'Time Is Illmatic': 7 Illest Must-See Moments In Nas’ Documentary
October 2, 2014 - 9:59 pm
Roxanne Shanté’s challenge
Once upon a time, long before he’d don the nickname Nasty, Nas was a struggle MC. Still, Roxanne Shanté saw the future legend kicking rhymes with his boys and invited them to perform with her at a park jam. After stumbling and snickering through their lyrics in an impromptu audition, Roxanne motivated the pubescent aspiring rappers to step their rap game up in the most effective way possible: by threatening to put hands on them. “She was bigger than us, and we believed her,” Nas remembers with a smile.
The story of Ill Will’s murder
You get to understand why Nas has immortalized Ill Will throughout his career. His best friend’s death put a battery in Nas’ back to succeed by any means, but also forever changed his life outlook. His dad, Olu Dara, says that he saw a cynicism in his first-born following Will’s murder, a demeanor he still sometimes sees today. It explains why some of Nas’ greatest songs also tend to be his most morose.
Pete Rock recreating the beat for “The World Is Yours”
The boom-bap god remembers stumbling on Ahmad Jamal Trio's “I Love Music,” hearing the loop and chopping it up, seasoning the melody with some unorthodox percussion. Rock says Nas was instantly captivated, and eventually convinced him to sing on the hook.
Q-Tip’s deconstruction of “One Love”
The producer gets deep on the lyrics of the audio jail mail “One Love,” zooming in on a particular couplet from the first verse: “I heard he looks like ya/Why don’t your lady write ya?” From that line alone, Q-Tip delves into the devastating, double-pronged impact of the prison-industrial complex. He explains how incarceration emasculates and imprisons the person doing time, while simultaneously destroying the family structure and poisoning the hope of loved ones on the outside. It’s one of many moments that help you to realize that Illmatic is more than just an album—it’s a sobering socio-economic portrait of ghetto plight.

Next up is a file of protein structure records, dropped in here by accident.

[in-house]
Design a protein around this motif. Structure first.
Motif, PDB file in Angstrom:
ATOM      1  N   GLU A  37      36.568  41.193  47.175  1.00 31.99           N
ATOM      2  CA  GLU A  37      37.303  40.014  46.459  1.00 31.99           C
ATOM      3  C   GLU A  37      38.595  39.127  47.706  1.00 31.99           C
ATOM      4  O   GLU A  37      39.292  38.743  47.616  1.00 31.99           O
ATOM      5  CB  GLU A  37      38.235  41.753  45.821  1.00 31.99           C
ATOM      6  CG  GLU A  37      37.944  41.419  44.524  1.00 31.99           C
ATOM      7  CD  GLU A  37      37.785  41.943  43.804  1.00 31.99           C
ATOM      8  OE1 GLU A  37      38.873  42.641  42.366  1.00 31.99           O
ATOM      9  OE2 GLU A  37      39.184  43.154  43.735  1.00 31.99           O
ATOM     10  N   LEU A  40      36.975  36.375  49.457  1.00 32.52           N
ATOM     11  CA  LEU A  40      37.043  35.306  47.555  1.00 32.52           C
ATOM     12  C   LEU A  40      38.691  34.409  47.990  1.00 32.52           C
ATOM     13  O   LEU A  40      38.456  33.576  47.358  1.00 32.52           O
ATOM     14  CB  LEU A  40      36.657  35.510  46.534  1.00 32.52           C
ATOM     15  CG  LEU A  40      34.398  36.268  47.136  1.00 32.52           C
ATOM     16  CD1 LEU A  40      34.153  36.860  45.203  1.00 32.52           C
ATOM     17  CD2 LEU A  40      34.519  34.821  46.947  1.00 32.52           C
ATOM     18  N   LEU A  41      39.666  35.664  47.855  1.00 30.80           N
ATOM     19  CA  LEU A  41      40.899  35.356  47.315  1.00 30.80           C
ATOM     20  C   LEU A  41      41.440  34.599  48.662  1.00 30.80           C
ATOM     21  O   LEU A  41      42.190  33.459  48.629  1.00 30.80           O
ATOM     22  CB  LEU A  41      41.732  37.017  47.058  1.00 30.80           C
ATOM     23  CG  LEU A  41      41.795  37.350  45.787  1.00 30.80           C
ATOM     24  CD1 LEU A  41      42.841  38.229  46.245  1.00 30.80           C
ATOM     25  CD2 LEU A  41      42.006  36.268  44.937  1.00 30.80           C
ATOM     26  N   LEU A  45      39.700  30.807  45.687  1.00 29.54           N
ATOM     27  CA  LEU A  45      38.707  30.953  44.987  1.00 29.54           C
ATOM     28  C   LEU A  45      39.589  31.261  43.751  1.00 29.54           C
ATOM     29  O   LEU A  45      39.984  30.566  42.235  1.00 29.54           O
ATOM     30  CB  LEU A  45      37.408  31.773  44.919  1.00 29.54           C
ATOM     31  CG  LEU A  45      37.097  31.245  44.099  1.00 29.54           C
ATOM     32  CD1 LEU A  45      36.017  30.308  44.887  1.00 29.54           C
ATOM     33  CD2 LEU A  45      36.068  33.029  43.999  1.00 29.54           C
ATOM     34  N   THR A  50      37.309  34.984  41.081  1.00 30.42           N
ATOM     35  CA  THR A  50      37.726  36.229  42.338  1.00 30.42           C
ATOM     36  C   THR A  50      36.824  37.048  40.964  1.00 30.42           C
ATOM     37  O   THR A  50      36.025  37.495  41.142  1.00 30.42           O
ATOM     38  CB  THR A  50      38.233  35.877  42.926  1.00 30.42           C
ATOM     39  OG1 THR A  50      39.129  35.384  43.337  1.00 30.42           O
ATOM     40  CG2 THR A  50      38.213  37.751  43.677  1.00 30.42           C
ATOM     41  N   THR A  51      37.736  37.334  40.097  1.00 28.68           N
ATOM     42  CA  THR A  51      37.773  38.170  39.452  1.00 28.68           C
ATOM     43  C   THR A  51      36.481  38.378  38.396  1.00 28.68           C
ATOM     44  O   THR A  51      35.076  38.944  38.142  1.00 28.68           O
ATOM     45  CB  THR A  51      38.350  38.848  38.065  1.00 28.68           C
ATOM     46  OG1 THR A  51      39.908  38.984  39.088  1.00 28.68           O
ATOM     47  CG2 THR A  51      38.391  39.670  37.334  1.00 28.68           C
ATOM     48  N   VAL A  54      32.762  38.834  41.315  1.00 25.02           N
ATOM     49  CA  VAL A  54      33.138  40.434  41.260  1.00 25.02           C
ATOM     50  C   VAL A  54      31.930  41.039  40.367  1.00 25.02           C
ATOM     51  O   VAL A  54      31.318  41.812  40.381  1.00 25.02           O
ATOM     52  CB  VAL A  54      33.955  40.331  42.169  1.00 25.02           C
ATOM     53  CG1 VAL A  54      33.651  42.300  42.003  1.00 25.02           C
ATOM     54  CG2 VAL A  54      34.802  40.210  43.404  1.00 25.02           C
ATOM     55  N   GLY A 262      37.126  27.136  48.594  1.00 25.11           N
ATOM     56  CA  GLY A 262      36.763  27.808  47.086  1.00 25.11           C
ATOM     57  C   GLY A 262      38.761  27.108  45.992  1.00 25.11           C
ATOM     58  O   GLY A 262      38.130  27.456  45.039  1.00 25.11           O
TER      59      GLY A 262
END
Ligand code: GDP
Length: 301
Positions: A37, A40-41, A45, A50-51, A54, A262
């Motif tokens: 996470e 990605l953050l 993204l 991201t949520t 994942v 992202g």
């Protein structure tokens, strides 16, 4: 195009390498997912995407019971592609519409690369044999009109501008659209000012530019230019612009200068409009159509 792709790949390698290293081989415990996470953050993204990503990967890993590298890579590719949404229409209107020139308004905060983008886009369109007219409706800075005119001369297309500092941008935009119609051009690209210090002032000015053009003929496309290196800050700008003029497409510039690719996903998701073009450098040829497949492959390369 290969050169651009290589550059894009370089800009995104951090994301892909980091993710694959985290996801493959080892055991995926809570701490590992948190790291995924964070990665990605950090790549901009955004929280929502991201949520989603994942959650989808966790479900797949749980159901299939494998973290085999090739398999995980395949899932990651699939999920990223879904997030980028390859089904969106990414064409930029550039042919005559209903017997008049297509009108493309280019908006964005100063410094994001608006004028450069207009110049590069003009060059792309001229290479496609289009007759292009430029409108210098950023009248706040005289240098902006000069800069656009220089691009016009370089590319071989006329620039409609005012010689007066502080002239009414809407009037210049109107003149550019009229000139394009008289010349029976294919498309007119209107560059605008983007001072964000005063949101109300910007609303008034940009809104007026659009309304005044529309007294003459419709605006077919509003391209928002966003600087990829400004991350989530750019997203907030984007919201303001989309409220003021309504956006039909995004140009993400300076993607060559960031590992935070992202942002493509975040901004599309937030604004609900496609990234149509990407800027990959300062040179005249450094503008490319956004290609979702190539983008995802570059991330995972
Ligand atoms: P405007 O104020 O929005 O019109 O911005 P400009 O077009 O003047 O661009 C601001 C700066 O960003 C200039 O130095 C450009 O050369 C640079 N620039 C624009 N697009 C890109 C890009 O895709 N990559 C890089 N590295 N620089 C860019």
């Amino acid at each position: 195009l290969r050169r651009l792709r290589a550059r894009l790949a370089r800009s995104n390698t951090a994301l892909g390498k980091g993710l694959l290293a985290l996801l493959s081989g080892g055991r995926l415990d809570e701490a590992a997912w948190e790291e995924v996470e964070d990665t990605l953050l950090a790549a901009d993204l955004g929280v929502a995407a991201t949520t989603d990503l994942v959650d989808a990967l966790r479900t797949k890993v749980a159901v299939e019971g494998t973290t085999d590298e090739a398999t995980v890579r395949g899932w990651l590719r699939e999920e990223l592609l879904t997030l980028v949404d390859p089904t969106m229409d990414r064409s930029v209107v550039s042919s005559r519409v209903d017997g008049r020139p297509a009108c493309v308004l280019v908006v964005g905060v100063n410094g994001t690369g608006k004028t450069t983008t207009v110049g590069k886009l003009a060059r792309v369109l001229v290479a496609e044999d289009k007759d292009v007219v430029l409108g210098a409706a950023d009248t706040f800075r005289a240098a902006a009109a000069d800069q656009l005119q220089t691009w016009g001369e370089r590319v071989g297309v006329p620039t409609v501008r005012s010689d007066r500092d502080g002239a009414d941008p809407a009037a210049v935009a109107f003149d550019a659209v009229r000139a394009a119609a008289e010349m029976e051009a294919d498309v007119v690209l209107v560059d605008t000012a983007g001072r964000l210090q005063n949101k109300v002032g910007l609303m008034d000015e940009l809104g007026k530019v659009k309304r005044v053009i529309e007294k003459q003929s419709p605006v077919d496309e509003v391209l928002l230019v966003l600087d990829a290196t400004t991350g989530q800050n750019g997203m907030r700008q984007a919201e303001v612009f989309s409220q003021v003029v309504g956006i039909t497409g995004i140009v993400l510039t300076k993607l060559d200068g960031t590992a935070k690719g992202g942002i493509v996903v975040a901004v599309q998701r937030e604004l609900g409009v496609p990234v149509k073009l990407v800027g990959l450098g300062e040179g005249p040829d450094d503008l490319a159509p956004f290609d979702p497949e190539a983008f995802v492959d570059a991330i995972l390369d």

Nas meets a five-year-old kid in Queensbridge also named Nasir
The love Nas receives when going back to his old Queensbridge stomping grounds is palpable. But he gives back, too. When a little boy reveals that his middle name is Nasir, the hometown hero slaps him five and tells him that anyone who bears their name is a king. It’s touching and bring's Illmatic's story full circle.
Illmatic’s thug roll call
There’s a photo in the Illmatic booklet that pictures Nas on a park bench with a mob of friends and Queensbridge locals. In a particularly chilling scene, Jungle details the fates of most of the faces pictured, which is overwhelmingly jail or untimely death. In response, Nas’ expression is numb, leaving a long, dead silence before finally mustering up the words: “That’s fucked up.” You get a tinge of survivor’s guilt, plus his own personal responsibility to represent for those locked inside or buried below. It sums up the sense of despair that characterizes Illmatic.